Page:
Today’s Topics • Backup Recap • Restoration and Recovery • T-SQL Commands • INSERT • UPDATE • DELETE • BEGIN TRAN • COMMIT TRAN • ROLLBACK TRAN
Backup Types • Full backup • Differential backup • Transaction log backup • File/filegroup backup
Disaster Recovery in SQL • SQL Server examines the Transaction log, going from the last checkpoint to the point at which the server was shut down or failed. • Committed transactions that have not been written to the database are rolled forward and written to the database. • Uncommitted transactions are rolled back and not written to the database.
Recovery Types • Automatic Recovery • occurs when you start SQL Server • ensures data in each db is consistent • checks the transaction log • Manual Recovery • this is done by the administrator • involves restoring one of the backups • Full Backup • Differential Backup • Log Backup • Page 258 has more info on Recovery
Verifying backup files • In Enterprise Manager, Backup folder under Management • Backup/Restore info in msdb system database • Transact SQL commands • RESTORE LABELONLY (media info) • RESTORE HEADERONLY (backup set info) • RESTORE FILELISTONLY (file info) • Table 9-2 on Page 291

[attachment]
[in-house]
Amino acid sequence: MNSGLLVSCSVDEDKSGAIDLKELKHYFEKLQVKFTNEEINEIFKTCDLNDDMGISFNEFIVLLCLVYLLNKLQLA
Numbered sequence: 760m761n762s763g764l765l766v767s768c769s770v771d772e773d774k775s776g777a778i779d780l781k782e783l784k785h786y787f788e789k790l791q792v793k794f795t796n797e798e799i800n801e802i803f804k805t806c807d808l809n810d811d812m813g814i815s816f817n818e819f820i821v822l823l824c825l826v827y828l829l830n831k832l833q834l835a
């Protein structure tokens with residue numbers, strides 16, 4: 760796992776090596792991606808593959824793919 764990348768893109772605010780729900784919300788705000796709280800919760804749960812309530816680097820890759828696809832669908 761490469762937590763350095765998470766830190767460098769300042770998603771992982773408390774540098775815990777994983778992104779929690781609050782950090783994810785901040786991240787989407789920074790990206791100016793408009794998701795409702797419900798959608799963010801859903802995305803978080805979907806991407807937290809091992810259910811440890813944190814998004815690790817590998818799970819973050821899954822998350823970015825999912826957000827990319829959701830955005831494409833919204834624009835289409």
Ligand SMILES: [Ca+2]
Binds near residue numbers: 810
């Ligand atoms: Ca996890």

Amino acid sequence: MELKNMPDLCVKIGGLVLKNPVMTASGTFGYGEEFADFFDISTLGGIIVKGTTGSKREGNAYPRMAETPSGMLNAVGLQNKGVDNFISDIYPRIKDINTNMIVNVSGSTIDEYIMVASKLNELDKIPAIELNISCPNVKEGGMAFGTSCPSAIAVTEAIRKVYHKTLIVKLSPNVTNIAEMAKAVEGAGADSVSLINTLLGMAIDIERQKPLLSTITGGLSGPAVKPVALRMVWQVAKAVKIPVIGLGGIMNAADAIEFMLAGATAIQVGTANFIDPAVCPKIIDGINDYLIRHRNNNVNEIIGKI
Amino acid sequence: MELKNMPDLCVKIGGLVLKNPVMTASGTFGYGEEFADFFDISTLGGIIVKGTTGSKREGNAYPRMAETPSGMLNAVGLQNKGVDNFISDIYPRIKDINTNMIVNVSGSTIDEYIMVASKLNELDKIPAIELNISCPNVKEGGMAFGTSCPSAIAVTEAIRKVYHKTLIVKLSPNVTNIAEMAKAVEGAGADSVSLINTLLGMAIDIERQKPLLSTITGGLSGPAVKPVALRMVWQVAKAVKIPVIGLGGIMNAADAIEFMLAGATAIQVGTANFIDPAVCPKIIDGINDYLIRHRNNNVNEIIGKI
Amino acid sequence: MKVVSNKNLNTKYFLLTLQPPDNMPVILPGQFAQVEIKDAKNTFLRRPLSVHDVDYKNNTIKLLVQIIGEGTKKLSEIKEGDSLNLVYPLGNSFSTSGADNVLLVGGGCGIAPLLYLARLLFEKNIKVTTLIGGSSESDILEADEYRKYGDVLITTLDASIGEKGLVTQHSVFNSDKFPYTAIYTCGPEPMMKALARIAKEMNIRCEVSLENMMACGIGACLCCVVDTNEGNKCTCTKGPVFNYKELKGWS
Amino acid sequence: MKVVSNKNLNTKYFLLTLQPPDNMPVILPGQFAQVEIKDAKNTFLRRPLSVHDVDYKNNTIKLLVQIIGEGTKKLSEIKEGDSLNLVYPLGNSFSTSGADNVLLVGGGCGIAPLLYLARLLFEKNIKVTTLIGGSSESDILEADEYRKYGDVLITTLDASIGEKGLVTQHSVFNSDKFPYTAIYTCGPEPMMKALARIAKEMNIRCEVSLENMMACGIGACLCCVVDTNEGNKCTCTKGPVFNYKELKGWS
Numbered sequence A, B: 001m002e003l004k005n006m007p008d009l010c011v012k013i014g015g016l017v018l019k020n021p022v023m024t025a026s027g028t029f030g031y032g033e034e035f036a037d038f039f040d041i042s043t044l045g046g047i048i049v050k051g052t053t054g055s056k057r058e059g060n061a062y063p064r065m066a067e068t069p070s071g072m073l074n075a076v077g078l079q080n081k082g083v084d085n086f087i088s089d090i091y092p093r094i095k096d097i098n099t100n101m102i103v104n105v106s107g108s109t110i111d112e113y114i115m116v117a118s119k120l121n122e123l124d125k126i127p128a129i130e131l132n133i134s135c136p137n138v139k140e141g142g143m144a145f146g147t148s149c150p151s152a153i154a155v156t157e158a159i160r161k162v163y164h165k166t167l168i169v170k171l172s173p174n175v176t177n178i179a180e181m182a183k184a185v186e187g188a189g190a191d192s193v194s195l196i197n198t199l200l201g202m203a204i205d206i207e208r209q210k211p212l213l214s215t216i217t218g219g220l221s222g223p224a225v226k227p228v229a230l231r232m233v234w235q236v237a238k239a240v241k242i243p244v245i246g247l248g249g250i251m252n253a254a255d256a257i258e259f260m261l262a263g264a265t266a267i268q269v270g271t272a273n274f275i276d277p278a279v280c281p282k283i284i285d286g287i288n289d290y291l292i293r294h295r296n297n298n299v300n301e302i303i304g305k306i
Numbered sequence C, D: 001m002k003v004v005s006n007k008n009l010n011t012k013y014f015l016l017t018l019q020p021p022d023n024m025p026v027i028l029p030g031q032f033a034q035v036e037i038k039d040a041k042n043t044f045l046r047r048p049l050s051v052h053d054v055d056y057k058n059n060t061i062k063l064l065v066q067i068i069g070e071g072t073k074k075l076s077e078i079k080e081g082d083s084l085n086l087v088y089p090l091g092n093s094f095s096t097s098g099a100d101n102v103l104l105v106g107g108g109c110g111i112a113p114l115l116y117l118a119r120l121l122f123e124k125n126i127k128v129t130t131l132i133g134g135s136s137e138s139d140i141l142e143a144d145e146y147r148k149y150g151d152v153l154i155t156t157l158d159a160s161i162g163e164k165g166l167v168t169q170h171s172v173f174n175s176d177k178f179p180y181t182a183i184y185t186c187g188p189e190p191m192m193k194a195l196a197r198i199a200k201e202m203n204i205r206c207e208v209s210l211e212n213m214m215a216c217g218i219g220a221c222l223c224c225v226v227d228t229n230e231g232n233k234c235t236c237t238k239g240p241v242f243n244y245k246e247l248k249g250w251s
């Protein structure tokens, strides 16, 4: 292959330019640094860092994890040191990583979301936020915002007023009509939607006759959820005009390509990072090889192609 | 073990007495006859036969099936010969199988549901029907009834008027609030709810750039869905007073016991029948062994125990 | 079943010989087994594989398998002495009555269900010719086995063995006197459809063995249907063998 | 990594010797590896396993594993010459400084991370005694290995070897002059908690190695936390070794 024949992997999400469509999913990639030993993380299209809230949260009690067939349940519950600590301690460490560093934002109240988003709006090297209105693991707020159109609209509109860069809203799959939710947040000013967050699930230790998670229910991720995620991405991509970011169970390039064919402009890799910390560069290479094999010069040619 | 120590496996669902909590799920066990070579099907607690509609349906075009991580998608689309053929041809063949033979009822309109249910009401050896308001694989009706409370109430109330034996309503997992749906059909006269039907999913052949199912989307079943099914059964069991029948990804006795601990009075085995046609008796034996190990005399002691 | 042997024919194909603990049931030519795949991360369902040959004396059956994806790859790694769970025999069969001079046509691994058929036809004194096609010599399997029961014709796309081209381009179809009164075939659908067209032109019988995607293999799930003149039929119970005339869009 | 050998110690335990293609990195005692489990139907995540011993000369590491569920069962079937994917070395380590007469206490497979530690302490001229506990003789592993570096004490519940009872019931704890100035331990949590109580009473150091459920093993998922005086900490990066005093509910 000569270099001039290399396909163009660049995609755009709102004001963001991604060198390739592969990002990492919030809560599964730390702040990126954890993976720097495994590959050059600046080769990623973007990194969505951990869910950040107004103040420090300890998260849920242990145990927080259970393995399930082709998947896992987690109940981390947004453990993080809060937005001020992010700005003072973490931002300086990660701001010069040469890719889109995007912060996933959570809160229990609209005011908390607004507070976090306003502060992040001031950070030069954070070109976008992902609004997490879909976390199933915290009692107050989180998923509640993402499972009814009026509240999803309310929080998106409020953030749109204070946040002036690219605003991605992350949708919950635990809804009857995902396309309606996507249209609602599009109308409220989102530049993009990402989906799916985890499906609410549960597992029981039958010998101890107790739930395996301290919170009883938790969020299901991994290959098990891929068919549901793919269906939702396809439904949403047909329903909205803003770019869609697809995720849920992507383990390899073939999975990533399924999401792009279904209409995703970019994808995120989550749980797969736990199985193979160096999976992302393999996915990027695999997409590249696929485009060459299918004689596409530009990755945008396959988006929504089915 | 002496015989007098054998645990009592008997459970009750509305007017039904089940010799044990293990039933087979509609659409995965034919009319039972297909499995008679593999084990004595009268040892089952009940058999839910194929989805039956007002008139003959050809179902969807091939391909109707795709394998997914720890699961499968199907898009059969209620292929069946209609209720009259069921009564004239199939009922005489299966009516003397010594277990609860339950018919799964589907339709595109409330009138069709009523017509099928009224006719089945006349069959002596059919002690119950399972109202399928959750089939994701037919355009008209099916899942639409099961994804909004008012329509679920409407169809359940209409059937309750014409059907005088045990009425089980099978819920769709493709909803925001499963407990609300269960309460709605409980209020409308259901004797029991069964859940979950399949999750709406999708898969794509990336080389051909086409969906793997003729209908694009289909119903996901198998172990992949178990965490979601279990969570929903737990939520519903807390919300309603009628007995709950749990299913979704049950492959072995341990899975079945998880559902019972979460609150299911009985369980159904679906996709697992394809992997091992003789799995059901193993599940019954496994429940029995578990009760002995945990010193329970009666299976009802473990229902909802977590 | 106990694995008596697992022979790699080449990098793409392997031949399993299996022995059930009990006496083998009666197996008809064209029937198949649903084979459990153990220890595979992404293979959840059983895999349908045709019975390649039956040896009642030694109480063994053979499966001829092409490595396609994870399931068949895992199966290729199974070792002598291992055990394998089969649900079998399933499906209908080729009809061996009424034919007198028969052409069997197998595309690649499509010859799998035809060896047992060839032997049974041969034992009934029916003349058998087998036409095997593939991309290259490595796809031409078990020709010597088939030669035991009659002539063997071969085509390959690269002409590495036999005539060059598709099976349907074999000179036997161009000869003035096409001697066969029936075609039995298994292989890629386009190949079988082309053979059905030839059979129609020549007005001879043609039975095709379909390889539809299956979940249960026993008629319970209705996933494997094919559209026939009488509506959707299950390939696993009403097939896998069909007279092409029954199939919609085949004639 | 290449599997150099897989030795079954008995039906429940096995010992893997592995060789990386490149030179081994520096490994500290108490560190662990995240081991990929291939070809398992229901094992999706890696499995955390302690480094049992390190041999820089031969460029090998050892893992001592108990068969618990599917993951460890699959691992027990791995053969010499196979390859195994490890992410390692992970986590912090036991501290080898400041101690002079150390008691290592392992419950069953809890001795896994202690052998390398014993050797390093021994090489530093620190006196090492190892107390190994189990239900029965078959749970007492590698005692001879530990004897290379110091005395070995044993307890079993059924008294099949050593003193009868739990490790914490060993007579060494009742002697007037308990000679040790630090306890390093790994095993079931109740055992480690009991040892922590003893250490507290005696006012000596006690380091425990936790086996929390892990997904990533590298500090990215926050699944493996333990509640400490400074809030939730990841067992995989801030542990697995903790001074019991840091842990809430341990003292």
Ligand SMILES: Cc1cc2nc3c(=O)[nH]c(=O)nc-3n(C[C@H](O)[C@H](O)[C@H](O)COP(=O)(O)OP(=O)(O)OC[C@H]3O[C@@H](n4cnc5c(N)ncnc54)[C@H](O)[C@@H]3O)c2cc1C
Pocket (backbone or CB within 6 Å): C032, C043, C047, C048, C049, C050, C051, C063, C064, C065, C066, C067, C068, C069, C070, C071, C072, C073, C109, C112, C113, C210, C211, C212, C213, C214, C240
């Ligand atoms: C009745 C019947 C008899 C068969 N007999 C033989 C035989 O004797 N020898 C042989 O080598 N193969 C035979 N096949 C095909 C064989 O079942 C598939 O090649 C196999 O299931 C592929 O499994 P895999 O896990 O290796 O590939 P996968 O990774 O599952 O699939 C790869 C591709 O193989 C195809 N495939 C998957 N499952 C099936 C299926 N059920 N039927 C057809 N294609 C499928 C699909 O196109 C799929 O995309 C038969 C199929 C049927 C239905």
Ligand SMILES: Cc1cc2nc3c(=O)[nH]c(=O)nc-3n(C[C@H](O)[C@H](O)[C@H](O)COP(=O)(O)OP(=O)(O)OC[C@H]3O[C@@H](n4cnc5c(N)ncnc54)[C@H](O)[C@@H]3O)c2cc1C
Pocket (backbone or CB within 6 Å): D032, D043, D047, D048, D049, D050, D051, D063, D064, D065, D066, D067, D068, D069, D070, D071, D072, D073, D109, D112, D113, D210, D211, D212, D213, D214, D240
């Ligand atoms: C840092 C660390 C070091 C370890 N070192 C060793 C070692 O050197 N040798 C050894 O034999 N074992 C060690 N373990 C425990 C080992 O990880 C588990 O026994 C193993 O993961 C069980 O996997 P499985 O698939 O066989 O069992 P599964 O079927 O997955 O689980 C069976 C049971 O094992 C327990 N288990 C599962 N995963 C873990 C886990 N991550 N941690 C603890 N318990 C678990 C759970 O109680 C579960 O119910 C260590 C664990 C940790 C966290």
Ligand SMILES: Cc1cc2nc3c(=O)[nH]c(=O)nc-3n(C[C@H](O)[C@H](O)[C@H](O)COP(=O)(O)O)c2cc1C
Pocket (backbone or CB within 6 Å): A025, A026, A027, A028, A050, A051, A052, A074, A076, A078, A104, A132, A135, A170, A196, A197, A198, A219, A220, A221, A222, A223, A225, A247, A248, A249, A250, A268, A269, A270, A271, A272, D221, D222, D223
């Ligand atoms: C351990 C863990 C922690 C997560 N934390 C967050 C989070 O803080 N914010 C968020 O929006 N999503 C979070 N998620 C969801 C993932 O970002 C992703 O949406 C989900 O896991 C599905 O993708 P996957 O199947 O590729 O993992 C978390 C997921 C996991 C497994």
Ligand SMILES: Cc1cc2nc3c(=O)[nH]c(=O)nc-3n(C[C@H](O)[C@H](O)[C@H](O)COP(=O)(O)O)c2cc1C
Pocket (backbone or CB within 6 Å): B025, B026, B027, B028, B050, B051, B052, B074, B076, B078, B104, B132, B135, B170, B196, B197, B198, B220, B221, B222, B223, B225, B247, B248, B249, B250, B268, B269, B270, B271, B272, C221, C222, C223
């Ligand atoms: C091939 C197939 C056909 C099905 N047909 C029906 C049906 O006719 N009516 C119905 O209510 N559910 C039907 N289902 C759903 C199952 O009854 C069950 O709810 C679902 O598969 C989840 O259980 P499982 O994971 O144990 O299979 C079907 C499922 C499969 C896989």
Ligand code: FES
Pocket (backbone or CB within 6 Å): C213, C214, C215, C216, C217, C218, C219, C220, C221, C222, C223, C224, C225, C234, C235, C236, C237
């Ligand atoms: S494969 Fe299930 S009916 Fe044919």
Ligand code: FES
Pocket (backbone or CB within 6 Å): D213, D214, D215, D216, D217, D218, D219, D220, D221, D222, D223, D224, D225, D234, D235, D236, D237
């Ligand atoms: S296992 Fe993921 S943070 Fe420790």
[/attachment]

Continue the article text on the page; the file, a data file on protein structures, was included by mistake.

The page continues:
Restoring a Database • Restoring is the process of recovering the database to its original form • Restoring can be done using • Enterprise Manager • Transact SQL commands • RESTORE DATABASE • RESTORE LOG
Recovery completion options • RECOVERY - Instructs the restore operation to rollback any uncommitted transactions - you cannot apply any more transaction logs • NORECOVERY - Instructs the restore operation to not roll back any uncommitted transactions - lets you apply more transaction logs • STAND BY - Leave database read-only option - lets you apply additional transaction logs
Restoring system databases • Do the following Exercises • Page 291 • Page 298 • Page 303 through 306 • Any questions • Take a break
Restore using TSQL • Two main commands • RESTORE DATABASE • RESTORE LOG • Examples on Pages 306-307
RESTORE DATABASE • RESTORE DATABASE syntax: RESTORE DATABASE database_name [file_or_filegroup] [FROM backup_device] [WITH [RESTRICTED_USER | DBO_ONLY] [[,] FILE = file_number] [[,] PASSWORD = password] [[,] MEDIANAME = medianame] [[,] MEDIAPASSWORD = password] [[,] MOVE 'logical_filename' TO 'os_filename'] [[,] KEEP_REPLICATION] [[,] NORECOVERY | RECOVERY | STANDBY = undofile] [[,] NOREWIND | REWIND] [[,] NOUNLOAD | UNLOAD] [[,] REPLACE] [[,] RESTART] [[,] STATS = percentage] ]